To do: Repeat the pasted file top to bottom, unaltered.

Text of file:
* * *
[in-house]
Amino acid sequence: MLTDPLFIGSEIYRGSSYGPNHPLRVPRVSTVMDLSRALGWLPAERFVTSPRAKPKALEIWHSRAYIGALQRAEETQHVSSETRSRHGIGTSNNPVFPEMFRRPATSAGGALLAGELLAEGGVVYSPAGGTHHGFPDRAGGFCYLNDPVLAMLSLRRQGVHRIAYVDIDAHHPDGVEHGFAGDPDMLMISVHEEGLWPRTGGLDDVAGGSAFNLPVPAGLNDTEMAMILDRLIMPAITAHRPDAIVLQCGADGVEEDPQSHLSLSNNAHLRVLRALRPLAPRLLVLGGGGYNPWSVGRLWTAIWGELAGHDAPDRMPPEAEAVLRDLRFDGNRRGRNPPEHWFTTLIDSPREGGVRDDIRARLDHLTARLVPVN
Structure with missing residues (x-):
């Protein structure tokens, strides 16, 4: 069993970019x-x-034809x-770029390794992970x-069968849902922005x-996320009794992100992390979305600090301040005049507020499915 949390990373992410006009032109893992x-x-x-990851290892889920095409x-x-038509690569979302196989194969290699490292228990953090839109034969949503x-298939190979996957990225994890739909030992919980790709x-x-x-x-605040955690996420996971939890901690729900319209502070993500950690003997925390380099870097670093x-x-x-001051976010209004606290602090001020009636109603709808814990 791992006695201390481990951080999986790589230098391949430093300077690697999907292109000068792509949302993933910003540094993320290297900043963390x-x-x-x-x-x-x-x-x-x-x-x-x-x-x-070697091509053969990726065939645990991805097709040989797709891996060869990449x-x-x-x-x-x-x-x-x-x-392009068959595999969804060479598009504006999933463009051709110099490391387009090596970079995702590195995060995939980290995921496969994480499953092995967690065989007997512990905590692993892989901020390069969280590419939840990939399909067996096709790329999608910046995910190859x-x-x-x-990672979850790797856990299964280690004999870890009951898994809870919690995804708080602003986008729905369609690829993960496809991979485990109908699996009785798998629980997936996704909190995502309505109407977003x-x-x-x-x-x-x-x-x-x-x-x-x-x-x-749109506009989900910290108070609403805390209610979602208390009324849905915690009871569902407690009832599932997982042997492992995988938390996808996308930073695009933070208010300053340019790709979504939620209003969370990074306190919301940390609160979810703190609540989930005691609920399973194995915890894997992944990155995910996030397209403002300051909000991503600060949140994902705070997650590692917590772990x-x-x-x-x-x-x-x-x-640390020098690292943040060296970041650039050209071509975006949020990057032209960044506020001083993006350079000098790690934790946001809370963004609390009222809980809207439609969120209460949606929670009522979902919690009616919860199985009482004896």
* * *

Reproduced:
[in-house]
Amino acid sequence: MLTDPLFIGSEIYRGSSYGPNHPLRVPRVSTVMDLSRALGWLPAERFVTSPRAKPKALEIWHSRAYIGALQRAEETQHVSSETRSRHGIGTSNNPVFPEMFRRPATSAGGALLAGELLAEGGVVYSPAGGTHHGFPDRAGGFCYLNDPVLAMLSLRRQGVHRIAYVDIDAHHPDGVEHGFAGDPDMLMISVHEEGLWPRTGGLDDVAGGSAFNLPVPAGLNDTEMAMILDRLIMPAITAHRPDAIVLQCGADGVEEDPQSHLSLSNNAHLRVLRALRPLAPRLLVLGGGGYNPWSVGRLWTAIWGELAGHDAPDRMPPEAEAVLRDLRFDGNRRGRNPPEHWFTTLIDSPREGGVRDDIRARLDHLTARLVPVN
Structure with missing residues (x-):
């Protein structure tokens, strides 16, 4: 069993970019x-x-034809x-770029390794992970x-069968849902922005x-996320009794992100992390979305600090301040005049507020499915 949390990373992410006009032109893992x-x-x-990851290892889920095409x-x-038509690569979302196989194969290699490292228990953090839109034969949503x-298939190979996957990225994890739909030992919980790709x-x-x-x-605040955690996420996971939890901690729900319209502070993500950690003997925390380099870097670093x-x-x-001051976010209004606290602090001020009636109603709808814990 791992006695201390481990951080999986790589230098391949430093300077690697999907292109000068792509949302993933910003540094993320290297900043963390x-x-x-x-x-x-x-x-x-x-x-x-x-x-x-070697091509053969990726065939645990991805097709040989797709891996060869990449x-x-x-x-x-x-x-x-x-x-392009068959595999969804060479598009504006999933463009051709110099490391387009090596970079995702590195995060995939980290995921496969994480499953092995967690065989007997512990905590692993892989901020390069969280590419939840990939399909067996096709790329999608910046995910190859x-x-x-x-990672979850790797856990299964280690004999870890009951898994809870919690995804708080602003986008729905369609690829993960496809991979485990109908699996009785798998629980997936996704909190995502309505109407977003x-x-x-x-x-x-x-x-x-x-x-x-x-x-x-749109506009989900910290108070609403805390209610979602208390009324849905915690009871569902407690009832599932997982042997492992995988938390996808996308930073695009933070208010300053340019790709979504939620209003969370990074306190919301940390609160979810703190609540989930005691609920399973194995915890894997992944990155995910996030397209403002300051909000991503600060949140994902705070997650590692917590772990x-x-x-x-x-x-x-x-x-640390020098690292943040060296970041650039050209071509975006949020990057032209960044506020001083993006350079000098790690934790946001809370963004609390009222809980809207439609969120209460949606929670009522979902919690009616919860199985009482004896």